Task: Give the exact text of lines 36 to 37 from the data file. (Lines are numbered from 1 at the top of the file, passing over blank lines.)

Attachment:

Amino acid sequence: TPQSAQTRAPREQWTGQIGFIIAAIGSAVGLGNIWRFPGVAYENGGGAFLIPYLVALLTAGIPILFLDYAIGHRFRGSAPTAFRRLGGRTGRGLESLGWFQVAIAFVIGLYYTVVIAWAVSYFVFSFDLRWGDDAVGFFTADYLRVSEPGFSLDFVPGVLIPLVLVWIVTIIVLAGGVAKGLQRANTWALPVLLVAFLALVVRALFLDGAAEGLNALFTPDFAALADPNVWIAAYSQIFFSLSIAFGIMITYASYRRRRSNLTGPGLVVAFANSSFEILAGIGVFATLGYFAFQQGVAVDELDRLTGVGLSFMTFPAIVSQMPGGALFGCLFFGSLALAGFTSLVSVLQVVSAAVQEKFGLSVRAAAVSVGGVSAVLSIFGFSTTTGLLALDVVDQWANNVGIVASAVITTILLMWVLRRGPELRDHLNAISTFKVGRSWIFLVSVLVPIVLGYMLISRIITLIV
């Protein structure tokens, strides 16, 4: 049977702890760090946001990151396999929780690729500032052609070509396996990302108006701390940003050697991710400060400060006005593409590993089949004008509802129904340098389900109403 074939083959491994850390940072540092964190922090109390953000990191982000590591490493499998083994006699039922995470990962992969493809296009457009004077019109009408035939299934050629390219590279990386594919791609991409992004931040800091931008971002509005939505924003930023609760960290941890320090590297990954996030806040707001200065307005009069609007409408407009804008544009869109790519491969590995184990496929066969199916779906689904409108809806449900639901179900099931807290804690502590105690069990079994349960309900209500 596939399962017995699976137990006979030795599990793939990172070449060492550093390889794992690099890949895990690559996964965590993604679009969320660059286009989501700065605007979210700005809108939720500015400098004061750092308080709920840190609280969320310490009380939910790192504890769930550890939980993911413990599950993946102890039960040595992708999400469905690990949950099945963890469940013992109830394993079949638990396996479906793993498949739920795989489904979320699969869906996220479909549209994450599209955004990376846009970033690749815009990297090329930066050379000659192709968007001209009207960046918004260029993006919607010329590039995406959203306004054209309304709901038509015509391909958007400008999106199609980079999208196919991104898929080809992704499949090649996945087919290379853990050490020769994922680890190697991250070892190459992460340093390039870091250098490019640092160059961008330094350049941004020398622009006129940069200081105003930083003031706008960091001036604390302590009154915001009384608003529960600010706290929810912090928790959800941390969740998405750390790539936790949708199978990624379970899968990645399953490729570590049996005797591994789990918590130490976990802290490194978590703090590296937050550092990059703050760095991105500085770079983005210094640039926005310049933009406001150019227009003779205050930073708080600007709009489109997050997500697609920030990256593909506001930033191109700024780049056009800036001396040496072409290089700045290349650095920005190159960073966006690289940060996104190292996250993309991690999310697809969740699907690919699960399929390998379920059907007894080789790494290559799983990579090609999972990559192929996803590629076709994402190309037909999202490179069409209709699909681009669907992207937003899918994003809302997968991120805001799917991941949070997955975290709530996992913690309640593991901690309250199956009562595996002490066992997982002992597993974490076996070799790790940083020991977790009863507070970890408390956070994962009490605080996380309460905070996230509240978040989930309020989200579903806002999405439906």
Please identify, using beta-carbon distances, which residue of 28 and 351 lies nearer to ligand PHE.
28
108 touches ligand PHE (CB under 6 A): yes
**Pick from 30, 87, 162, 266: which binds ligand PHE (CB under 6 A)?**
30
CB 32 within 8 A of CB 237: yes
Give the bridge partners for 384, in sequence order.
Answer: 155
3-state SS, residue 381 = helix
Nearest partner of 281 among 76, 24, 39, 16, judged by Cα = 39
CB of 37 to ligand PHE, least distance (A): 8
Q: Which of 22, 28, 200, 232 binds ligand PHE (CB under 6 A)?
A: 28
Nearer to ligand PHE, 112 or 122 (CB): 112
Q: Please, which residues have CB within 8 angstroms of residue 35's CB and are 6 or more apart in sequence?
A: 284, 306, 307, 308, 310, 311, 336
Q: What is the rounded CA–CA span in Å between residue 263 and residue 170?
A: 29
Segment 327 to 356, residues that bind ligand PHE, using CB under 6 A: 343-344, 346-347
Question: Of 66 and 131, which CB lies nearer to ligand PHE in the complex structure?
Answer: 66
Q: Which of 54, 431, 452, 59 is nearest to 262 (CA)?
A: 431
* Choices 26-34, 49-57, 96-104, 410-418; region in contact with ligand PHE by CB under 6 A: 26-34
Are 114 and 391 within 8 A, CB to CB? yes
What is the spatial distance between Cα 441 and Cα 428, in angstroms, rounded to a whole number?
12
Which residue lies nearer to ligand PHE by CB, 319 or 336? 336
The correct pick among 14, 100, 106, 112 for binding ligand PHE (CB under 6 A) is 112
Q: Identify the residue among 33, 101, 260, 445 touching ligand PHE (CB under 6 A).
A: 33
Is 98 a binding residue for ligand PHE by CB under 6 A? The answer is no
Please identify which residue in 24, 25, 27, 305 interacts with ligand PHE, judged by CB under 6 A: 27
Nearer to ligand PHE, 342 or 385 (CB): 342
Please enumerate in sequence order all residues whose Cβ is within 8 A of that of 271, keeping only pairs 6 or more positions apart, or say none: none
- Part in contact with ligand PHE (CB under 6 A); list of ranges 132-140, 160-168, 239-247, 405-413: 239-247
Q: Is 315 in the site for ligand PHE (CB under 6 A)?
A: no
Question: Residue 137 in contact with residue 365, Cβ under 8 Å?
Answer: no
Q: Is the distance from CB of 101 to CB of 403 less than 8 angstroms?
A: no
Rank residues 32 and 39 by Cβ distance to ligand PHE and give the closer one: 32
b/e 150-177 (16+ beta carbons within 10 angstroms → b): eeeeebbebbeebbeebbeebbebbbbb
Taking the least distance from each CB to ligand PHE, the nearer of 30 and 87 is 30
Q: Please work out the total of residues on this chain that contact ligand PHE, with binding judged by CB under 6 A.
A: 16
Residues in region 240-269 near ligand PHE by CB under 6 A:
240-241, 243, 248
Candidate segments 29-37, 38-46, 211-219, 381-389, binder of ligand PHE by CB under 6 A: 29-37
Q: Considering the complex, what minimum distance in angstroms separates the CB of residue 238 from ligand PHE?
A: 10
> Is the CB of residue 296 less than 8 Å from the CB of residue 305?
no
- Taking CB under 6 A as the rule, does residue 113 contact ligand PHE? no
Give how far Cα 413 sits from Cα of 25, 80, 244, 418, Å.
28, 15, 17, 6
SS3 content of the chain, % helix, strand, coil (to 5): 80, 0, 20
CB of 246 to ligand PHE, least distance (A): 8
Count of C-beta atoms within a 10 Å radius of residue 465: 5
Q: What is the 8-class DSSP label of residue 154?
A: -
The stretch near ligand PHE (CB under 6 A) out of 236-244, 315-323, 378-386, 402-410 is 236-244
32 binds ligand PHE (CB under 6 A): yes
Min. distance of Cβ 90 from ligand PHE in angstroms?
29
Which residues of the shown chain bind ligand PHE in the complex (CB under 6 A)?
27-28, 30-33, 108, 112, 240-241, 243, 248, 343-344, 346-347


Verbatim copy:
Nearer to ligand PHE, 342 or 385 (CB): 342
Please enumerate in sequence order all residues whose Cβ is within 8 A of that of 271, keeping only pairs 6 or more positions apart, or say none: none